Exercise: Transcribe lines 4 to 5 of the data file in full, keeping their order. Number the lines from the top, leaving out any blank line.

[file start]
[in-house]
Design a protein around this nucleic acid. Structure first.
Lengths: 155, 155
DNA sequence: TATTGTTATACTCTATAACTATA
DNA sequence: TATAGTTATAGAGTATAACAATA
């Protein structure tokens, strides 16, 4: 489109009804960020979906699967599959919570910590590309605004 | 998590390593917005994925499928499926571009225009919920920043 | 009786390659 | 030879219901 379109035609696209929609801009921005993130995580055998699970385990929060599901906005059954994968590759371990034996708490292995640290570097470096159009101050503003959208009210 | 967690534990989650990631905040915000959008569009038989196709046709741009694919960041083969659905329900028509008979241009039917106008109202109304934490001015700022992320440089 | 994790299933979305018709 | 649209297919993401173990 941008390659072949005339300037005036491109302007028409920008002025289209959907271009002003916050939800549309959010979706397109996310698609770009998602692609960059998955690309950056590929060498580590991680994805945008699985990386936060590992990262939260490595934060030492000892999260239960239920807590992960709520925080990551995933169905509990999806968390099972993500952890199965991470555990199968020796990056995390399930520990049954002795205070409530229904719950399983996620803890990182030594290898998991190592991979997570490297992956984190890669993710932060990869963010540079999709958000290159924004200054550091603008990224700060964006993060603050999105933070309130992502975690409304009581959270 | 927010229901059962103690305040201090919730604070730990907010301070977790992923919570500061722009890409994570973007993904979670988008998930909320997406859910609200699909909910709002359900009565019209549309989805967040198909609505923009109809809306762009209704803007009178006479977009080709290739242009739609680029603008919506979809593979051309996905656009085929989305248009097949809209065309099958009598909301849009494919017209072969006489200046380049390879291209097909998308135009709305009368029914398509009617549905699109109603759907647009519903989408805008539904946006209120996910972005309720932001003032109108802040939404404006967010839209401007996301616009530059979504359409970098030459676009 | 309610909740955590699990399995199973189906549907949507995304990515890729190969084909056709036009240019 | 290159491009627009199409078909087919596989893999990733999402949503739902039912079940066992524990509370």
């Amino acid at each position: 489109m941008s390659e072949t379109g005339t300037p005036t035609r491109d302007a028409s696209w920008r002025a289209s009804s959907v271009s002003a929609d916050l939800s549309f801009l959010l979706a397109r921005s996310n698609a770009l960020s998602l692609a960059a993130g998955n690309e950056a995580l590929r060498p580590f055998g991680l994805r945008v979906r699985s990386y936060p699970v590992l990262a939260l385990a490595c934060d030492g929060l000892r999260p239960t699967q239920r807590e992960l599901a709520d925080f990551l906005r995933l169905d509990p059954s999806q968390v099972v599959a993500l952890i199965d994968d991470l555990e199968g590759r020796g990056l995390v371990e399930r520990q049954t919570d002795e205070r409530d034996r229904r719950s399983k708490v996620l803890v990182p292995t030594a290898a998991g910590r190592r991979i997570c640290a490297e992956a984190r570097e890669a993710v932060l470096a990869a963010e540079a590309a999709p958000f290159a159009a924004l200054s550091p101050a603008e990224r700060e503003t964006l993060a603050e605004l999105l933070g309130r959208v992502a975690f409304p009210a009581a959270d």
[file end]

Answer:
DNA sequence: TATTGTTATACTCTATAACTATA
DNA sequence: TATAGTTATAGAGTATAACAATA